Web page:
Wednesday, July 19, 2017

In search of the balance between government and market

THE LIMITS OF THE MARKET: The Pendulum between Government and Market

Thirty years ago I bought a book that was a key reference MARKETS OR GOVERNMENTS : CHOOSING BETWEEN IMPERFECT ALTERNATIVES. The focus was clear, the government should enter when there is a market failure and try to curb it. This was the message and has been the message for many years. Now we know that the approach was too simplistic. If you want to understand an updated approach to the same issue, check the new book by Paul de Grawe, THE LIMITS OF THE MARKET: The Pendulum between Government and Market. A well written and accessible book that helps to remake the arguments with the evidence of the past years. The chapters:
The Great Economic Pendulum
The Limits of Capitalism
External Limits of Capitalism
Internal Limits of Capitalism
The Utopia of Self-Regulation in the Market System
Who can Save the Market System from Destruction?
External Limits of Governments
Internal Limits of Governments
Who is in Charge? Market or Government?
Rise and Fall of Capitalism: Linear or Cyclical?
The Euro is a Threat to the Market System
The World of Piketty
Pendulum Swings between Markets and Governments
At the end of the book there are two issues that concern the author: inequality and the degradation of environment. The need for internation cooperation on taxation is critical for the first issue, and the functioning of democratic institutions for both. His final comment is a call for action:
The Myth of Sisyphus
Sisyphus was a Greek king who felt stronger and wiser than Zeus, and was punished for his hubris. He was sentenced to push a rock up a mountain every day, after which the rock would roll back down each evening. The following day Sisyphus had to start all over again, continuing for eternity. In his essay The Myth of Sisyphus Albert Camus gave an existentialist interpretation of this well-known Greek myth. Camus sees Sisyphus’s punishment as a metaphor for the absurdity of life. How should we deal with this absurdity, he wonders? One option is to commit suicide. Camus rejects this option. Instead he suggests that we should rebel against the absurdity of life by throwing ourselves into it, living intensely, and being creative. The revolutionary hero is the one who despite the absurdity and knowing that his rebellion will eventually achieve nothing, still sets the rock in motion and remains happy. ‘Il faut s’imaginer Sisyphe heureux’ (‘One must imagine Sisyphus happy’), Camus decided.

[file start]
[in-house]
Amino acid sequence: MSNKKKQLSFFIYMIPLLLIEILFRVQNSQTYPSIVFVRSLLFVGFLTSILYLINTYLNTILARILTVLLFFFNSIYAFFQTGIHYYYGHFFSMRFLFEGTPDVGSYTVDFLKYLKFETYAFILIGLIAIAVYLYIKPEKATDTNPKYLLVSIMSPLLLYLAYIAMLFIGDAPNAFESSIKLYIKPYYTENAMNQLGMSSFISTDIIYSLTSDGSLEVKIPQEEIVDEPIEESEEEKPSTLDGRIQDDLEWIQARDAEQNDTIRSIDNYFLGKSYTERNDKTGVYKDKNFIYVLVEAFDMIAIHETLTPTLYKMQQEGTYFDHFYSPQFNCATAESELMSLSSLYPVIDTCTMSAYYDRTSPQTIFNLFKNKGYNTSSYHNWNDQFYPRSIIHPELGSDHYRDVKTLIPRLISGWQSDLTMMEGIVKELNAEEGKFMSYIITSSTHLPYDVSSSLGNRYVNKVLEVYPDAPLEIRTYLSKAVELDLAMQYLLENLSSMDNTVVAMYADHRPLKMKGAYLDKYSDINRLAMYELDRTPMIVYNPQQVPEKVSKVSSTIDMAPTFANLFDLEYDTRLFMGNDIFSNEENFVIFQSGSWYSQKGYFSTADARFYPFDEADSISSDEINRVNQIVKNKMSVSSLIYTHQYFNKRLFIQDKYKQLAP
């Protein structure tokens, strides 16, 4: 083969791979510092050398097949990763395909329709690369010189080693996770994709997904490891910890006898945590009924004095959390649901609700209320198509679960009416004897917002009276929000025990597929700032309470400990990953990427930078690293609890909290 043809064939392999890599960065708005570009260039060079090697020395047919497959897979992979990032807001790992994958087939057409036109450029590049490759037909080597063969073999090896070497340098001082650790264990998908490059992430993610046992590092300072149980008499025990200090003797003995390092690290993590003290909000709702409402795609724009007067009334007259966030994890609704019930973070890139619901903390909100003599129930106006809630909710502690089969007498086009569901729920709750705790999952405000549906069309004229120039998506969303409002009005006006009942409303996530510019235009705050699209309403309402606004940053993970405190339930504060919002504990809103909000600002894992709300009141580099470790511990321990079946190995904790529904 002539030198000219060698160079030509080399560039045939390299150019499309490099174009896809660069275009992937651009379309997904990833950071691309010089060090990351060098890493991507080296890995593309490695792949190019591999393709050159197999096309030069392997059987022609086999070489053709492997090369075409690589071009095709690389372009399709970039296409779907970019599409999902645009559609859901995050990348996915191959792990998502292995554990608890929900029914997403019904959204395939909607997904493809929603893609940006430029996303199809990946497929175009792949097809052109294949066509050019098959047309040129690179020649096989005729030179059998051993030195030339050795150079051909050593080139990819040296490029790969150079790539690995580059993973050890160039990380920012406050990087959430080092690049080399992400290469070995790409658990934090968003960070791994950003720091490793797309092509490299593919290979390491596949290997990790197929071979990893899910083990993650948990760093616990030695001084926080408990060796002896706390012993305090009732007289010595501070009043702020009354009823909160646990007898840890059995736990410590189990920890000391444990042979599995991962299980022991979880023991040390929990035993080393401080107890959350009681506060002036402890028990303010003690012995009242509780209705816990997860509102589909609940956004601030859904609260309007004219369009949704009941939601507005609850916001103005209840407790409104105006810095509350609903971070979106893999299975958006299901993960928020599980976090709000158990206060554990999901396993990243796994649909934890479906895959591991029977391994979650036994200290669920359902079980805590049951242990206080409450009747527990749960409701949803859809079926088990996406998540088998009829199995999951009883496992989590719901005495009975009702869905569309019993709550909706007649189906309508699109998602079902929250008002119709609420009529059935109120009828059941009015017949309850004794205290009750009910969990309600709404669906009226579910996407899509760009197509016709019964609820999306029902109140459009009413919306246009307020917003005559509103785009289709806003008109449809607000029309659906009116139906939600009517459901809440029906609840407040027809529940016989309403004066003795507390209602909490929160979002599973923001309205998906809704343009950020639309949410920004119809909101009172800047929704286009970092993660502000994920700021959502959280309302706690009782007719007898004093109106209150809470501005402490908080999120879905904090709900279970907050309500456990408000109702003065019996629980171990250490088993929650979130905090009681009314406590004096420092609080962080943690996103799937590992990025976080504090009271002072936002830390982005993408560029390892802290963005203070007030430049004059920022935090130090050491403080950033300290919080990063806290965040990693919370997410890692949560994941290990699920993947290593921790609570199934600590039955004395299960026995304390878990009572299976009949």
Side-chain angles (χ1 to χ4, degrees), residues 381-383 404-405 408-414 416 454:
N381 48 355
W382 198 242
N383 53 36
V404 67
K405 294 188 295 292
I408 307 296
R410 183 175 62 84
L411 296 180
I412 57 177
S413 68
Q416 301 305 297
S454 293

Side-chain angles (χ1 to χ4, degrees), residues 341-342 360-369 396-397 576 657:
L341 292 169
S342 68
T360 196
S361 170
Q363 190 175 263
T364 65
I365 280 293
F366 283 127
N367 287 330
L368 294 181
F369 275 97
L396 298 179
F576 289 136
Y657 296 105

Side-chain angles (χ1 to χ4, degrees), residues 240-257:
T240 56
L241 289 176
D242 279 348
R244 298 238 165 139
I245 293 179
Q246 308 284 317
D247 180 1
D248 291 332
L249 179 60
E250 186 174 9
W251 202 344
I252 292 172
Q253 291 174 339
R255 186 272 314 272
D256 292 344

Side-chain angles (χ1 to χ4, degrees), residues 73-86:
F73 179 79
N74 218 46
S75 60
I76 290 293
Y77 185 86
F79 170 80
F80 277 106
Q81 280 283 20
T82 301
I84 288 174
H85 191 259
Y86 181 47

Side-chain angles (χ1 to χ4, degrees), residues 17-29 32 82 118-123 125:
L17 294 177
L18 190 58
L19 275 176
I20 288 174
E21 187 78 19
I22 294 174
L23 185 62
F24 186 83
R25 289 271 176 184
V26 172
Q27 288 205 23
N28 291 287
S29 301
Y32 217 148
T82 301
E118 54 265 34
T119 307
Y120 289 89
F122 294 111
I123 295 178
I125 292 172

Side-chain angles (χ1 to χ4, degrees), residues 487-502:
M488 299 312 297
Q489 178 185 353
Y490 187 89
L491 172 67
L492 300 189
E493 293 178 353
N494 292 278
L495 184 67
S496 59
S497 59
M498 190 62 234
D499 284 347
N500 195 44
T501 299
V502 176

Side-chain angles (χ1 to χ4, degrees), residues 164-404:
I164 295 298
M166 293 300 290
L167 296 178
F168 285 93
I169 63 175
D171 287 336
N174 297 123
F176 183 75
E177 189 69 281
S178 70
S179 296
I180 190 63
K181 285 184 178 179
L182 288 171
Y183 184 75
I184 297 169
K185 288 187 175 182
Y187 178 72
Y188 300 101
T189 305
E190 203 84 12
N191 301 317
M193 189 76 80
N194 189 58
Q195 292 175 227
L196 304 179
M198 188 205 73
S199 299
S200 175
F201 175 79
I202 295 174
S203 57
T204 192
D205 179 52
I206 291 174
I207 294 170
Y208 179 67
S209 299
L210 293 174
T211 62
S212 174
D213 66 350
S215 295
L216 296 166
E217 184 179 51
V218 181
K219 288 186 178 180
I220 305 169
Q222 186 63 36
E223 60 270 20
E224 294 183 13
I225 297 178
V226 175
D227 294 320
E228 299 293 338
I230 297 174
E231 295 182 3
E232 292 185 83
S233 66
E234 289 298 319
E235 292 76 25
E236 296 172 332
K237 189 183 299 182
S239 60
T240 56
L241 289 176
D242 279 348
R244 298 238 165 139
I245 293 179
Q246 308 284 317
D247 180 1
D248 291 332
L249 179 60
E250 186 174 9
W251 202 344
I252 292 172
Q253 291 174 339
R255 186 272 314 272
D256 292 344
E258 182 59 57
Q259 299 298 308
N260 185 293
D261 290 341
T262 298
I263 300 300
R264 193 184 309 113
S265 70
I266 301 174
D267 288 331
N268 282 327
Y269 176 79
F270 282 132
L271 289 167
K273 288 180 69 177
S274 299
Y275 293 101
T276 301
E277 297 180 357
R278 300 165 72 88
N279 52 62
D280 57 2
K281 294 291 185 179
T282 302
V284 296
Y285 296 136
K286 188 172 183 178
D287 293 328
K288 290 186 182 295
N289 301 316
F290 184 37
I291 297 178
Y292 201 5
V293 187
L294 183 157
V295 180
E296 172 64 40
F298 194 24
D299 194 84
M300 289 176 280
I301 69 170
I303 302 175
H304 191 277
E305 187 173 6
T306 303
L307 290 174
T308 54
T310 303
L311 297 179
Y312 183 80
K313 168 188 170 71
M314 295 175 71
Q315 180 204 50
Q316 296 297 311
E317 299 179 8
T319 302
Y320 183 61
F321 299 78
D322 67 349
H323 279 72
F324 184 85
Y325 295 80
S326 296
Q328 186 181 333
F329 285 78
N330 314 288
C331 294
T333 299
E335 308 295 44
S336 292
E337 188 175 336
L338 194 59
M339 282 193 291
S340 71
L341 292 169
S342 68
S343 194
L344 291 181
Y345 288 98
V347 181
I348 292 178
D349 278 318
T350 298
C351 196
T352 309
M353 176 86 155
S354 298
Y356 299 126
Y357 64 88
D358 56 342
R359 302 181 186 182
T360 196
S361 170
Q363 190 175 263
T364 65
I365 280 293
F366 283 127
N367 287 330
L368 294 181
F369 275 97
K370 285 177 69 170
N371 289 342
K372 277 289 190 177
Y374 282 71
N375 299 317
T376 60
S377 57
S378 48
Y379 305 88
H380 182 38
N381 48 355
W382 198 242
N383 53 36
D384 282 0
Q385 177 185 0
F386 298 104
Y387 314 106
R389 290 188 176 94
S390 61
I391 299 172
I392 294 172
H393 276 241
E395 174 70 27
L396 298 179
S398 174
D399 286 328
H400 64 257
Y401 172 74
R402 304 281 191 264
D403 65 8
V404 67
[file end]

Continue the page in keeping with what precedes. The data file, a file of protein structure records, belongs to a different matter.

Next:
That is the position I would like to offer as a guiding principle for the end of this book. It will be extraordinarily difficult to prevent future catastrophes. It may even already be too late. (I am at least a little more optimistic than Albert Camus with his Sisyphus interpretation, which is very bleak indeed.) We have a small chance of preventing decline with the reforms I outlined above. But even if that does not work, we are left with the option of doing as Sisyphus did, of starting again each day. It is the only way of giving meaning to our existence. If we do not take action, our grand children will not forgive us for failing to try to save them. That in itself is sufficient motivation to persist.




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